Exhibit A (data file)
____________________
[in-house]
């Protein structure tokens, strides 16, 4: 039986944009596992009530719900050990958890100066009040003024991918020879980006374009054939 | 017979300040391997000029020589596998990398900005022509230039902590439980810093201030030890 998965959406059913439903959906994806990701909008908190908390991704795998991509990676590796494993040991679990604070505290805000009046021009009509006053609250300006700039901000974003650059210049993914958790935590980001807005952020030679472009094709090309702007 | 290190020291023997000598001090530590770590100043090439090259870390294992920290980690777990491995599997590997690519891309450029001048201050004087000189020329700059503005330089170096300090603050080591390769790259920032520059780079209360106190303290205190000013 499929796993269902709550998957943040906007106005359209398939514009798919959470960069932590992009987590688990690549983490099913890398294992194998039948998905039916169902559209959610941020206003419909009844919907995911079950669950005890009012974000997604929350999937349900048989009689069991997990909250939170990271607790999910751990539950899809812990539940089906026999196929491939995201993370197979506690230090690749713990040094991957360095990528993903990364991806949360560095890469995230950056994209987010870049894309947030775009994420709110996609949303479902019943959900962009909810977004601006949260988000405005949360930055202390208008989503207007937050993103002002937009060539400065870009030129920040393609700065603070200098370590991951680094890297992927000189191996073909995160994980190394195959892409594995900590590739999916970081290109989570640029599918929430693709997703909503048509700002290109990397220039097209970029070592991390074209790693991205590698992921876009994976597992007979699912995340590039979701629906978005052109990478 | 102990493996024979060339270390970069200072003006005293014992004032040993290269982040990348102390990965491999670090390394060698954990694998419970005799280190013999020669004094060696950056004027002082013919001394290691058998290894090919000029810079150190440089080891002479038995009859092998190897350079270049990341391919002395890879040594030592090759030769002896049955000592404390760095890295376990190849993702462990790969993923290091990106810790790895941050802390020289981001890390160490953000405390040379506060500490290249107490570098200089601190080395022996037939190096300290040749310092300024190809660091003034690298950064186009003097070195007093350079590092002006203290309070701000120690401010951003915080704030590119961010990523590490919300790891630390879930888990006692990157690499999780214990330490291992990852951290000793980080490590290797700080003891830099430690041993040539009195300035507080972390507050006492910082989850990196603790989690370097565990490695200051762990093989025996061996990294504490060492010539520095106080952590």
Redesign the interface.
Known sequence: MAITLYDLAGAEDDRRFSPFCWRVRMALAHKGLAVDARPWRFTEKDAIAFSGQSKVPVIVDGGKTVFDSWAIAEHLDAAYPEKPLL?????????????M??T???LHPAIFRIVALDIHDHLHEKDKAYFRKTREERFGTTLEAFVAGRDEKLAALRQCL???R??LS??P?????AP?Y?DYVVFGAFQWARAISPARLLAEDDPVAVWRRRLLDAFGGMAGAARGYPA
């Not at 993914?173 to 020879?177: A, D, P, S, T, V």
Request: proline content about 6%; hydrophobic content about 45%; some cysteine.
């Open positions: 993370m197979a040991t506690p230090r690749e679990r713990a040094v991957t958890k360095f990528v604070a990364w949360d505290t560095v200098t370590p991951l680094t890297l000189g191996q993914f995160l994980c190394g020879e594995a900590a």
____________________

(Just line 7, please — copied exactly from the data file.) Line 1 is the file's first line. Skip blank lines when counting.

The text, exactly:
């Open positions: 993370m197979a040991t506690p230090r690749e679990r713990a040094v991957t958890k360095f990528v604070a990364w949360d505290t560095v200098t370590p991951l680094t890297l000189g191996q993914f995160l994980c190394g020879e594995a900590a």